“But the strangest part of the story is yet to be told. The supper was ended, and the night was rather advanced, the rain still beat against the windows, even as it does at this moment. Suddenly the jorobado pulled out his watch. Valgame Dios! such a watch! I will tell you one thing, Senor, that I could purchase all the Asturias, and Muros besides, with the brilliants which shone about the sides of that same watch: the room wanted no lamp, I trow, so great was the splendour which they cast. So the jorobado looked at his watch, and then said to me, I shall go to rest. He then took the lamp and went through the gallery to his room, followed by his big servant. Well, Senor, I cleared away the things, and then waited below for the servant, for whom I had prepared a comfortable bed, close by my own. Senor, I waited patiently for an hour, till at last my patience was exhausted, and I ascended to the supper apartment, and passed through the gallery till I came to the door of the strange guest. Senor, what do you think I saw at the door?”
“How should I know?” I replied. “His riding boots perhaps.”
“No, Senor, I did not see his riding boots; but, stretched on the floor with his head against the door, so that it was impossible to open it without disturbing him, lay the big servant fast asleep, his immense legs reaching nearly the whole length of the gallery. I crossed myself, as well I might, for the wind was howling even as it is now, and the rain was rushing down into the gallery in torrents; yet there lay the big servant fast asleep, without any covering, without any pillow, not even a log, stretched out before his master’s door.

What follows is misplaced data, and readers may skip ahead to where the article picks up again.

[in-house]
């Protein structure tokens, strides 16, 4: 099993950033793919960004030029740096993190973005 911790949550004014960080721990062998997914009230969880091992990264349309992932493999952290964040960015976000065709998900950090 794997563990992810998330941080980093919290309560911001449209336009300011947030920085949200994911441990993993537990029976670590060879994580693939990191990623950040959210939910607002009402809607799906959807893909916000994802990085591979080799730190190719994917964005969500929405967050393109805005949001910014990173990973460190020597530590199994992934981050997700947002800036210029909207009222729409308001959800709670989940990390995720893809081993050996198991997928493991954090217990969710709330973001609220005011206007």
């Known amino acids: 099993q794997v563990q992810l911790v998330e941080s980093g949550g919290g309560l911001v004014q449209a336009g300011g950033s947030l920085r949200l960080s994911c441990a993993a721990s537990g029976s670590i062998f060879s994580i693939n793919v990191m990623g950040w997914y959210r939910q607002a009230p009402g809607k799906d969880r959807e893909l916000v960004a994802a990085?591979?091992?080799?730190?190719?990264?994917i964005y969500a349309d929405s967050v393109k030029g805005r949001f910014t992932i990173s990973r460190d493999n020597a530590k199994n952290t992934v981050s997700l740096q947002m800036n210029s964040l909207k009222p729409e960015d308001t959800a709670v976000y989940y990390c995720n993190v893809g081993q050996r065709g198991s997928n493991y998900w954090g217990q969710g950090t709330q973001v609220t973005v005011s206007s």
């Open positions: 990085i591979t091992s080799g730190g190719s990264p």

“Senor, I got little rest that night, for I said to myself, I have evil wizards in my house, folks who are not human. Once or twice I went up and peeped into the gallery, but there still lay the big servant fast asleep, so I crossed myself and returned to my bed again.”
“Well,” said I, “and what occurred next day?”
“Nothing particular occurred next day: the jorobado came down and said comical things to me in good Spanish, and the big servant came down, but whatever he said, and he did not say much, I understood not, for it was in that disastrous jabber. They stayed with me throughout the day till after supper-time, and then the jorobado gave me a gold ounce, and mounting their horses, they both departed as strangely as they had come, in the dark night, I know not whither.”
“Is that all?” I demanded.
“No, Senor, it is not all; for I was right in supposing them evil brujos: the very next day an express arrived and a great search was made after them, and I was arrested for having harboured them. This occurred just after the present wars had commenced. It was said they were spies and emissaries of I don’t know what nation, and that they had been in all parts of the Asturias, holding conferences with some of the disaffected. They escaped, however, and were never heard of more, though the animals which they rode were found without their riders, wandering amongst the hills; they were common ponies, and were of no value. As for the brujos, it is believed that they embarked in some small vessel which was lying concealed in one of the rias of the coast.”
Myself. — What was the word which you continually heard proceeding from the lips of the big servant, and which you think you can remember?
Host. — Senor, it is now three years since I heard it, and at times I can remember it and at others not; sometimes I have started up in my sleep repeating it. Stay, Senor, I have it now at the point of my tongue: it was Patusca.
Myself. — Batuschca, you mean; the men were Russians.
Last updated Monday, December 22, 2014 at 10:48